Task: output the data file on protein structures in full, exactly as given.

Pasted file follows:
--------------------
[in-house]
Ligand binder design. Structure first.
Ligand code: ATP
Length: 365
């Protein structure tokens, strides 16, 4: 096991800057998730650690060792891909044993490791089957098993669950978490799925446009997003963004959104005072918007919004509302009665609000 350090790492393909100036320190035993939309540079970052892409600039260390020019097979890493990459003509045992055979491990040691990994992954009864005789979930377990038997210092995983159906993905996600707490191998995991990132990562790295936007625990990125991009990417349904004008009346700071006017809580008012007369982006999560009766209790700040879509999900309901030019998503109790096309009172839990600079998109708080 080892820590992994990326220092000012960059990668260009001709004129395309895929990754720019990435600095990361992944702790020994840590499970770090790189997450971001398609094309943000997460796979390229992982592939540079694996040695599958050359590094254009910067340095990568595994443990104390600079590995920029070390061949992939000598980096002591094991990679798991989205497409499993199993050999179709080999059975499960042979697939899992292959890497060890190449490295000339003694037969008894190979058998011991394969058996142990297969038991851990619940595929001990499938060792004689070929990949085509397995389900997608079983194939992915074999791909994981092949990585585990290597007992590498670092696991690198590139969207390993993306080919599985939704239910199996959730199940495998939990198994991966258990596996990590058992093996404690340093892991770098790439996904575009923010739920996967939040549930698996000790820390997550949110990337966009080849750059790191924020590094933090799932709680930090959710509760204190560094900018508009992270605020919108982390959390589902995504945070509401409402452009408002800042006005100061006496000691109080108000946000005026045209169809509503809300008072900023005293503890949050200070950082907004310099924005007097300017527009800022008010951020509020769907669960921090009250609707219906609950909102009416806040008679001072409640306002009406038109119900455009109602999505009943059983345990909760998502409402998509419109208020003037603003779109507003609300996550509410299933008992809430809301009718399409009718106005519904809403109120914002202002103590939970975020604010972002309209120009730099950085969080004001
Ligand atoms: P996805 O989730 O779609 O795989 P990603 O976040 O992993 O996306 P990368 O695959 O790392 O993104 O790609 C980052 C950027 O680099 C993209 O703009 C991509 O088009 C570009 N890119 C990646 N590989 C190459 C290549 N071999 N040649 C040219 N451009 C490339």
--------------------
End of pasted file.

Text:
[in-house]
Ligand binder design. Structure first.
Ligand code: ATP
Length: 365
């Protein structure tokens, strides 16, 4: 096991800057998730650690060792891909044993490791089957098993669950978490799925446009997003963004959104005072918007919004509302009665609000 350090790492393909100036320190035993939309540079970052892409600039260390020019097979890493990459003509045992055979491990040691990994992954009864005789979930377990038997210092995983159906993905996600707490191998995991990132990562790295936007625990990125991009990417349904004008009346700071006017809580008012007369982006999560009766209790700040879509999900309901030019998503109790096309009172839990600079998109708080 080892820590992994990326220092000012960059990668260009001709004129395309895929990754720019990435600095990361992944702790020994840590499970770090790189997450971001398609094309943000997460796979390229992982592939540079694996040695599958050359590094254009910067340095990568595994443990104390600079590995920029070390061949992939000598980096002591094991990679798991989205497409499993199993050999179709080999059975499960042979697939899992292959890497060890190449490295000339003694037969008894190979058998011991394969058996142990297969038991851990619940595929001990499938060792004689070929990949085509397995389900997608079983194939992915074999791909994981092949990585585990290597007992590498670092696991690198590139969207390993993306080919599985939704239910199996959730199940495998939990198994991966258990596996990590058992093996404690340093892991770098790439996904575009923010739920996967939040549930698996000790820390997550949110990337966009080849750059790191924020590094933090799932709680930090959710509760204190560094900018508009992270605020919108982390959390589902995504945070509401409402452009408002800042006005100061006496000691109080108000946000005026045209169809509503809300008072900023005293503890949050200070950082907004310099924005007097300017527009800022008010951020509020769907669960921090009250609707219906609950909102009416806040008679001072409640306002009406038109119900455009109602999505009943059983345990909760998502409402998509419109208020003037603003779109507003609300996550509410299933008992809430809301009718399409009718106005519904809403109120914002202002103590939970975020604010972002309209120009730099950085969080004001
Ligand atoms: P996805 O989730 O779609 O795989 P990603 O976040 O992993 O996306 P990368 O695959 O790392 O993104 O790609 C980052 C950027 O680099 C993209 O703009 C991509 O088009 C570009 N890119 C990646 N590989 C190459 C290549 N071999 N040649 C040219 N451009 C490339």